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|Create Date||May 12, 2011|
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All around the U.S. and in many foreign countries, utility companies are in various stages of readiness and eagerness both to invest in and deploy smart grid facilities. In growing numbers, they are asking state public utility commissions to approve smart grid pilot projects and even full-blown smart grid implementation plans. Drawing on experience from several states that have already embarked on smart grid procedures, this paper explores smart grid‘s status today and describes a systematic approach by which commissions can address utility smart grid applications.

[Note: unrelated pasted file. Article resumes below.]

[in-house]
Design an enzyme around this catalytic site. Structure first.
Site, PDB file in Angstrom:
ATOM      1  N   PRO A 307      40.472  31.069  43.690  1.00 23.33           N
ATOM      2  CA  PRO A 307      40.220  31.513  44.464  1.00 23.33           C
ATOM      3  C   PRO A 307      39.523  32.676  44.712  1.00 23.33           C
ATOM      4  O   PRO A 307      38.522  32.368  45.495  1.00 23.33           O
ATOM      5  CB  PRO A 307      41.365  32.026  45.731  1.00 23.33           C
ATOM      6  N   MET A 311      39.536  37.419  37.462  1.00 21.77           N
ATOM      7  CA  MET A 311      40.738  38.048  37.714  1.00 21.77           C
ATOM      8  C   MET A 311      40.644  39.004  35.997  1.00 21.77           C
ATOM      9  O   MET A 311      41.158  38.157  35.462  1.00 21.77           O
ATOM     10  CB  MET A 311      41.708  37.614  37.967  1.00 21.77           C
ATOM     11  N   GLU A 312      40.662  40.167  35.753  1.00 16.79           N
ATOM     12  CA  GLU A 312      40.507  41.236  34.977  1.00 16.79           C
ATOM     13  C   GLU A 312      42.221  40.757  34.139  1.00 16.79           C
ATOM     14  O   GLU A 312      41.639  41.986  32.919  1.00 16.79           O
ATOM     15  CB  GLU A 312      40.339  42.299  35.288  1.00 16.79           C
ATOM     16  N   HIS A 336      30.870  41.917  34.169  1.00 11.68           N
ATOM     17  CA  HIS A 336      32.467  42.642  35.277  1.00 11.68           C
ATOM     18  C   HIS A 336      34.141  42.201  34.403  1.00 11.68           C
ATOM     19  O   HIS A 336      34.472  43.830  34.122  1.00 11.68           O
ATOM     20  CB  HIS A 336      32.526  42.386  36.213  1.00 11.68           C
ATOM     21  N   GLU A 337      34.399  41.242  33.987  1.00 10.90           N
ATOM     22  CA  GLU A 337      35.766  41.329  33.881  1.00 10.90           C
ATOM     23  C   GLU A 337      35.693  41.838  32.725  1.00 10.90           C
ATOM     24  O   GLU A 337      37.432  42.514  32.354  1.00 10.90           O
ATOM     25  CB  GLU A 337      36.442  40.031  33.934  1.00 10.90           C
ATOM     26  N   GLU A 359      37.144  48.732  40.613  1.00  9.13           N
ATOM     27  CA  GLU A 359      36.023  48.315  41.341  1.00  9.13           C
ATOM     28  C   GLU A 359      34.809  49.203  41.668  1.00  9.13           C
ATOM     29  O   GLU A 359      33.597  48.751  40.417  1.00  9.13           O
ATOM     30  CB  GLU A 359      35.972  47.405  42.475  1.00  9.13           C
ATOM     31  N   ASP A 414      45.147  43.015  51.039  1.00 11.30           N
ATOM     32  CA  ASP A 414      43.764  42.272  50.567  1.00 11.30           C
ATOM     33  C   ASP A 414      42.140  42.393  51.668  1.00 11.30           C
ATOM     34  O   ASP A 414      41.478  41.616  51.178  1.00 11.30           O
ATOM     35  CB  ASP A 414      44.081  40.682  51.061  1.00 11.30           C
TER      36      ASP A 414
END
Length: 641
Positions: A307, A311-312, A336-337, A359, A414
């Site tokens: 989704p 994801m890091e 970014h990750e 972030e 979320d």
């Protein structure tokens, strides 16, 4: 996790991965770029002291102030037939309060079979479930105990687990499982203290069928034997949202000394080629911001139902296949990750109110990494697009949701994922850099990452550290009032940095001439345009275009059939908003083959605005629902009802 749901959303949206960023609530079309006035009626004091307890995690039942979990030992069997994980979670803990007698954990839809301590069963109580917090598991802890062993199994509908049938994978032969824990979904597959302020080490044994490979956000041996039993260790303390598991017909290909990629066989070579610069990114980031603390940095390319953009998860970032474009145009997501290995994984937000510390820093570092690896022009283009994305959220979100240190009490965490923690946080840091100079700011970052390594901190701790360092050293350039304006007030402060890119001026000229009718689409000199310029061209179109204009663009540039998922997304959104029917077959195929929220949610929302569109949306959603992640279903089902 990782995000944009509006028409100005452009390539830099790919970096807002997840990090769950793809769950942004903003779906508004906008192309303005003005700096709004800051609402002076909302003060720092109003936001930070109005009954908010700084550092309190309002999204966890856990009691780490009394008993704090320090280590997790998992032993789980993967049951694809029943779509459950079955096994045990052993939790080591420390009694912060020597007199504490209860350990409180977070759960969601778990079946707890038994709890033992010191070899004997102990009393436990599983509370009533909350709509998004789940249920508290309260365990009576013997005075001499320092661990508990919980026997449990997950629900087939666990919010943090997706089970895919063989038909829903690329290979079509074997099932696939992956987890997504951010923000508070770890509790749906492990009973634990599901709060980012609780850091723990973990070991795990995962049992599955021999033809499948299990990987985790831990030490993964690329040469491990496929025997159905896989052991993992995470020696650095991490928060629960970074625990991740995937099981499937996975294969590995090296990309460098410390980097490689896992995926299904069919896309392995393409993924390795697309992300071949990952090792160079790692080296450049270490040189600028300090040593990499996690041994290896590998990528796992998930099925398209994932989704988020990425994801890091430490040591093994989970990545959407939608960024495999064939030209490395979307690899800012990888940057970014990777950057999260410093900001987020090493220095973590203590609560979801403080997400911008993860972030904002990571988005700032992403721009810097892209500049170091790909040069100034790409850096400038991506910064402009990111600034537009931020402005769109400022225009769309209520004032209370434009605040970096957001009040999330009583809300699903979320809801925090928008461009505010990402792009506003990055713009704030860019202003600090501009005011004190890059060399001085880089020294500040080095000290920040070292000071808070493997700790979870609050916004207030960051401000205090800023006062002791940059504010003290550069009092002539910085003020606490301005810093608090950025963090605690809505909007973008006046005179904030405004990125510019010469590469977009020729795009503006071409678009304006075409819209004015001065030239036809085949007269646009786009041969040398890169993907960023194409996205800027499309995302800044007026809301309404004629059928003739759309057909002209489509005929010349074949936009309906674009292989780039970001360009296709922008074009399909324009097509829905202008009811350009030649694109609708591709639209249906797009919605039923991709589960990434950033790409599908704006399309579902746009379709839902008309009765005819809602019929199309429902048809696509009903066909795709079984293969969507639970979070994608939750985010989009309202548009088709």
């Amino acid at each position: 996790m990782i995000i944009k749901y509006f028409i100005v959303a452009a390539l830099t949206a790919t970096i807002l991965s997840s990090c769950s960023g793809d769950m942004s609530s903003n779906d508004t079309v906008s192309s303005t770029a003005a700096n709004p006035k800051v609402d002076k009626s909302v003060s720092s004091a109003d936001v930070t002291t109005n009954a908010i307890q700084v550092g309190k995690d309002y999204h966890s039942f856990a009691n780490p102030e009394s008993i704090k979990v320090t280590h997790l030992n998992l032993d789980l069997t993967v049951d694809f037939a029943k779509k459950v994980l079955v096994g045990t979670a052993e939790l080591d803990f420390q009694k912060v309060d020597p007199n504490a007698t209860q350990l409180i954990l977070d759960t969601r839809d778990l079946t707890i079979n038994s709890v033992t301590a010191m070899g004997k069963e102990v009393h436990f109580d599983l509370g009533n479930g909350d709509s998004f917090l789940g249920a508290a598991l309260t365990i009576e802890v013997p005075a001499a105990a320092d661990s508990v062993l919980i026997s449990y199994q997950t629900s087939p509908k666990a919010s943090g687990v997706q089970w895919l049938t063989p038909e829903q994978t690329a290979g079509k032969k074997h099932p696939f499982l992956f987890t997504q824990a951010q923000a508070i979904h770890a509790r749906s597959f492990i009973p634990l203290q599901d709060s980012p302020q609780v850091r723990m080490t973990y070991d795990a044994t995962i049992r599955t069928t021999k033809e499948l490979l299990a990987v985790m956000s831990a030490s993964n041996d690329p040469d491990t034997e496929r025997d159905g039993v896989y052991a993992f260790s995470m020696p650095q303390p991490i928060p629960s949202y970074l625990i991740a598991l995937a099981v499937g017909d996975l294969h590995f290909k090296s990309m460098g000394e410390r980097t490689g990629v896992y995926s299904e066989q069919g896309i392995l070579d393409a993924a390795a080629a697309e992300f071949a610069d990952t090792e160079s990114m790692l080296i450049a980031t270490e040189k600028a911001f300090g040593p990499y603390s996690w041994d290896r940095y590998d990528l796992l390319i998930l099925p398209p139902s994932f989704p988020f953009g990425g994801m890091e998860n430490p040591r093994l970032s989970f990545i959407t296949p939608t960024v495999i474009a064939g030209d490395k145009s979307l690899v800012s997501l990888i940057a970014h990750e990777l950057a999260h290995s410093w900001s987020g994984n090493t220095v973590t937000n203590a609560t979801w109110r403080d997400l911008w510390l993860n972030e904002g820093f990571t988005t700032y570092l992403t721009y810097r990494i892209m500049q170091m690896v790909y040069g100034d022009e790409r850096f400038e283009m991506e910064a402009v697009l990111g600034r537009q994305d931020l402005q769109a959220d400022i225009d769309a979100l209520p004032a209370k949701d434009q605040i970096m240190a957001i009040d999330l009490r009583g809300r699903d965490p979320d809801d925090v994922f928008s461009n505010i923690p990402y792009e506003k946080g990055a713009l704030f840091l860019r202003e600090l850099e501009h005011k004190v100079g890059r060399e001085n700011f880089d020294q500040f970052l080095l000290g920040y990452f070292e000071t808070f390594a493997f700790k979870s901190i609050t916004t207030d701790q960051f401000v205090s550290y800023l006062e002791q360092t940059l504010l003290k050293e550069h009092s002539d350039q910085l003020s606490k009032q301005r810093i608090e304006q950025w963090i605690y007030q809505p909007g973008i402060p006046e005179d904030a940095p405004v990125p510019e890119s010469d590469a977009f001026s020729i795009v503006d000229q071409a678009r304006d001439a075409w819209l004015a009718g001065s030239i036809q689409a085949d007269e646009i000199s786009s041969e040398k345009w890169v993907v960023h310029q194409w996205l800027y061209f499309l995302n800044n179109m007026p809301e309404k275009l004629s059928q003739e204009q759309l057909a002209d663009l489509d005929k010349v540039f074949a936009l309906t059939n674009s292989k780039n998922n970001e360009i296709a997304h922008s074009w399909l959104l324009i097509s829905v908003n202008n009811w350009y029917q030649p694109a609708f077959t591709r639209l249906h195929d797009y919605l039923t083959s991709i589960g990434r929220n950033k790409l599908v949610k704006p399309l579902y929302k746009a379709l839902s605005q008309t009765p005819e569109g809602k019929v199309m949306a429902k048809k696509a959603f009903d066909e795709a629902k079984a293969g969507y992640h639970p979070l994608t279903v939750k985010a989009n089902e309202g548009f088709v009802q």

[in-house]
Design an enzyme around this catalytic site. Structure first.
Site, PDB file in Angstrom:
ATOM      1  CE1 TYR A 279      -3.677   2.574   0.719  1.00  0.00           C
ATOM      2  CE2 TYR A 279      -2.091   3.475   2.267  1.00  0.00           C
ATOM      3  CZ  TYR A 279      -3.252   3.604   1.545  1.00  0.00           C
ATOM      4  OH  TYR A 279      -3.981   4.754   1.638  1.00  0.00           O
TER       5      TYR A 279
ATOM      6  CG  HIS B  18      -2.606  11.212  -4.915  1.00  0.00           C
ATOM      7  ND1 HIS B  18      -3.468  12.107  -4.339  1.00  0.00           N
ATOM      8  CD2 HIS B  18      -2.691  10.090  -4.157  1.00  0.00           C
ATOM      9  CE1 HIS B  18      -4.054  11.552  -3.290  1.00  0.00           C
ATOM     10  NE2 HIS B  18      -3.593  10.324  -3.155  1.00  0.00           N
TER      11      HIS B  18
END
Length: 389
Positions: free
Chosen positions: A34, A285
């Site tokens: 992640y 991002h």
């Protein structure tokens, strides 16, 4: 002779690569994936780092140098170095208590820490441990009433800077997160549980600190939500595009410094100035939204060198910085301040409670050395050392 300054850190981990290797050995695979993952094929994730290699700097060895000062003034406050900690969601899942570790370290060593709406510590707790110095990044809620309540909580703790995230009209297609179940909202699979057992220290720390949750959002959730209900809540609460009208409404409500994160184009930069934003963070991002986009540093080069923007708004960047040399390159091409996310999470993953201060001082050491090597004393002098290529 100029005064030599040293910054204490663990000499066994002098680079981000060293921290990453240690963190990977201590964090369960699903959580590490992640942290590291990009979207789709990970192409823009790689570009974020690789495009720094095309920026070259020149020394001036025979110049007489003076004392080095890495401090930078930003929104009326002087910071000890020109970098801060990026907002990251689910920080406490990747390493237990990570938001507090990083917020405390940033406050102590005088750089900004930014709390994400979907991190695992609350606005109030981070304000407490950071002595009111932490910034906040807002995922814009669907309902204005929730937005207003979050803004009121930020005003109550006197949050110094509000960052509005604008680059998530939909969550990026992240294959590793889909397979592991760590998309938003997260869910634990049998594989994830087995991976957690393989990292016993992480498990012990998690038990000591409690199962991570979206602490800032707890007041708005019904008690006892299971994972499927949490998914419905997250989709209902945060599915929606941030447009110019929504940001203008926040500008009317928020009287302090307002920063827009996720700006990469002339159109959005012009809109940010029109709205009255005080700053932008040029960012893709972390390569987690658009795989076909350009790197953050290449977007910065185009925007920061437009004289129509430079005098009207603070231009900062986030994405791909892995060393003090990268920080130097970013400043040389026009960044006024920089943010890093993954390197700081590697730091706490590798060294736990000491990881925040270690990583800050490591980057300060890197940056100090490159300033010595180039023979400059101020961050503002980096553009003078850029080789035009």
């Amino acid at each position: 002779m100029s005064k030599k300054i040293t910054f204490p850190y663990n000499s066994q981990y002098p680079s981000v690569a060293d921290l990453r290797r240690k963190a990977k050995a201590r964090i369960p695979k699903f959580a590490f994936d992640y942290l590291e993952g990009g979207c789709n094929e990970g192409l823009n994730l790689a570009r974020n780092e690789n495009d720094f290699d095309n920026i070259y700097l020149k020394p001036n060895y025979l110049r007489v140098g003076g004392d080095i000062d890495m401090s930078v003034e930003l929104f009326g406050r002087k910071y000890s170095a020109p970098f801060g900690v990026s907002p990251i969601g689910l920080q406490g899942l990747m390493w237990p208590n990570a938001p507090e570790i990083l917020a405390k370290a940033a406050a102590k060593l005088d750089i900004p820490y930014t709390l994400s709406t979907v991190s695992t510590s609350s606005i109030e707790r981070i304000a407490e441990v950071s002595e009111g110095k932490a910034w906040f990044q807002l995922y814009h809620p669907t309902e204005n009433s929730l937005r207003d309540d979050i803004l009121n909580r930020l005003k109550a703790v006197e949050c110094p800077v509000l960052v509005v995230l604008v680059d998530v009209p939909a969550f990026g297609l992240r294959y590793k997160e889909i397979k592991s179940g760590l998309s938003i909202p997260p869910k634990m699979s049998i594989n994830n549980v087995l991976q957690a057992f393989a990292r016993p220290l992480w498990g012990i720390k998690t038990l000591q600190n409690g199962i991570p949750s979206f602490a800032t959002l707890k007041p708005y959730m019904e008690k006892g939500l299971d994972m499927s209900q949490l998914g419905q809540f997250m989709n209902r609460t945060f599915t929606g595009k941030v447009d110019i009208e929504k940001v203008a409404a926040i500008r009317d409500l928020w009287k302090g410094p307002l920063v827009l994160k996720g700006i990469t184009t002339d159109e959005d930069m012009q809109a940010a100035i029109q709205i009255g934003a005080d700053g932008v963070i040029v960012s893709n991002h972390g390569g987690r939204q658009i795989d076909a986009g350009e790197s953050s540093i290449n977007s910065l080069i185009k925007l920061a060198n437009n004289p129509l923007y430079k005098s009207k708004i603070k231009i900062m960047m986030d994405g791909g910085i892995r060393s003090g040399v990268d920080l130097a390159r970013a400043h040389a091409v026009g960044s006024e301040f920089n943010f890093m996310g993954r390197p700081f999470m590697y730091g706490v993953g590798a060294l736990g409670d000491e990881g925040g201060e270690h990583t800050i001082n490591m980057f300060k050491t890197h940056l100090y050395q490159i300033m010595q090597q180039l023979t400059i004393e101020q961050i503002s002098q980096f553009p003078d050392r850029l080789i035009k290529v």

The paper, in Part I, identifies several major sources of complexity that affect smart grid decisionmaking. Part II describes the seven major missions that smart grid‘s supporters advance. Part III describes the nine major smart grid components. The discussions of each mission and each component, in Parts II and III, include three topics: (1) examples, (2) uncertainties and concerns, and (3) advice to commissions. The examples and reviews of uncertainties and concerns are drawn from early experiences in several states and from the smart grid literature. Two appendixes include brief summaries of commission orders from three states where utilities have already filed smart grid applications (Hawaii, Maryland, and Oklahoma) and three states where commission proceedings are underway to establish utility smart grid filing standards (California, Colorado, and Illinois). Part IV provides guidance for commission positioning and procedures for steering smart grid deployment to best serve the public interest.